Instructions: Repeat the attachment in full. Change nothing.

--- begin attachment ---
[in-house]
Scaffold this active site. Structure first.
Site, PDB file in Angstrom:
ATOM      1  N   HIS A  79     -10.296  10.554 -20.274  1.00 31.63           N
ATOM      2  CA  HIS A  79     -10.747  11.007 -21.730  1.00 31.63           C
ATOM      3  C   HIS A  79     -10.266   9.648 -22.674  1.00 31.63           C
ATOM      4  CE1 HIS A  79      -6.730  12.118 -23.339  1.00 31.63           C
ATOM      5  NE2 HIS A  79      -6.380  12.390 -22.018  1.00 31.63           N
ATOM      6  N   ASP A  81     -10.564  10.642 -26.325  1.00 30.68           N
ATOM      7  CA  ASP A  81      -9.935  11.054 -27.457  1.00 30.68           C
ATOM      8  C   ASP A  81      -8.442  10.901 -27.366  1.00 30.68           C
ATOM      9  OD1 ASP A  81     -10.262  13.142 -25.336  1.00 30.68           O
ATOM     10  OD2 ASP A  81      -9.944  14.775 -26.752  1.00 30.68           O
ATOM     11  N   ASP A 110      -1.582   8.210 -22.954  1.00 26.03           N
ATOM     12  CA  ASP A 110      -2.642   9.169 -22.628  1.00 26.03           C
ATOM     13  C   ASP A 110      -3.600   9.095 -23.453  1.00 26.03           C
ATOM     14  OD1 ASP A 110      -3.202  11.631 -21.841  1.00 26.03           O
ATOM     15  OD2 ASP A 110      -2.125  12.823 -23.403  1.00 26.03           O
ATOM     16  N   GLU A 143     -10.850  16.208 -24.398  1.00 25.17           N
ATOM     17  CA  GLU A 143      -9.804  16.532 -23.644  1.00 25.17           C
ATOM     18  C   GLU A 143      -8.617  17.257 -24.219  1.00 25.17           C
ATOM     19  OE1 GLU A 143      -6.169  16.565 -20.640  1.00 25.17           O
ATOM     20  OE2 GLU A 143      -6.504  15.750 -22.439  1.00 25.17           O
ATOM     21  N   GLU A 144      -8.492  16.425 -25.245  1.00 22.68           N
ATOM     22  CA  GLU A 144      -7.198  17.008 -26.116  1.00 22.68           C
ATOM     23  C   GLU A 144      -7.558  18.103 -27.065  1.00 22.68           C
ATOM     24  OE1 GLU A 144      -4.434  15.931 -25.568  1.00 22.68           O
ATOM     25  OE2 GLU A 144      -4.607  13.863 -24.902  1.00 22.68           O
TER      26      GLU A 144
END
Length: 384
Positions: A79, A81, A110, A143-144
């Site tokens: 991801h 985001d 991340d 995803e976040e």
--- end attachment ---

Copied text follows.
[in-house]
Scaffold this active site. Structure first.
Site, PDB file in Angstrom:
ATOM      1  N   HIS A  79     -10.296  10.554 -20.274  1.00 31.63           N
ATOM      2  CA  HIS A  79     -10.747  11.007 -21.730  1.00 31.63           C
ATOM      3  C   HIS A  79     -10.266   9.648 -22.674  1.00 31.63           C
ATOM      4  CE1 HIS A  79      -6.730  12.118 -23.339  1.00 31.63           C
ATOM      5  NE2 HIS A  79      -6.380  12.390 -22.018  1.00 31.63           N
ATOM      6  N   ASP A  81     -10.564  10.642 -26.325  1.00 30.68           N
ATOM      7  CA  ASP A  81      -9.935  11.054 -27.457  1.00 30.68           C
ATOM      8  C   ASP A  81      -8.442  10.901 -27.366  1.00 30.68           C
ATOM      9  OD1 ASP A  81     -10.262  13.142 -25.336  1.00 30.68           O
ATOM     10  OD2 ASP A  81      -9.944  14.775 -26.752  1.00 30.68           O
ATOM     11  N   ASP A 110      -1.582   8.210 -22.954  1.00 26.03           N
ATOM     12  CA  ASP A 110      -2.642   9.169 -22.628  1.00 26.03           C
ATOM     13  C   ASP A 110      -3.600   9.095 -23.453  1.00 26.03           C
ATOM     14  OD1 ASP A 110      -3.202  11.631 -21.841  1.00 26.03           O
ATOM     15  OD2 ASP A 110      -2.125  12.823 -23.403  1.00 26.03           O
ATOM     16  N   GLU A 143     -10.850  16.208 -24.398  1.00 25.17           N
ATOM     17  CA  GLU A 143      -9.804  16.532 -23.644  1.00 25.17           C
ATOM     18  C   GLU A 143      -8.617  17.257 -24.219  1.00 25.17           C
ATOM     19  OE1 GLU A 143      -6.169  16.565 -20.640  1.00 25.17           O
ATOM     20  OE2 GLU A 143      -6.504  15.750 -22.439  1.00 25.17           O
ATOM     21  N   GLU A 144      -8.492  16.425 -25.245  1.00 22.68           N
ATOM     22  CA  GLU A 144      -7.198  17.008 -26.116  1.00 22.68           C
ATOM     23  C   GLU A 144      -7.558  18.103 -27.065  1.00 22.68           C
ATOM     24  OE1 GLU A 144      -4.434  15.931 -25.568  1.00 22.68           O
ATOM     25  OE2 GLU A 144      -4.607  13.863 -24.902  1.00 22.68           O
TER      26      GLU A 144
END
Length: 384
Positions: A79, A81, A110, A143-144
């Site tokens: 991801h 985001d 991340d 995803e976040e």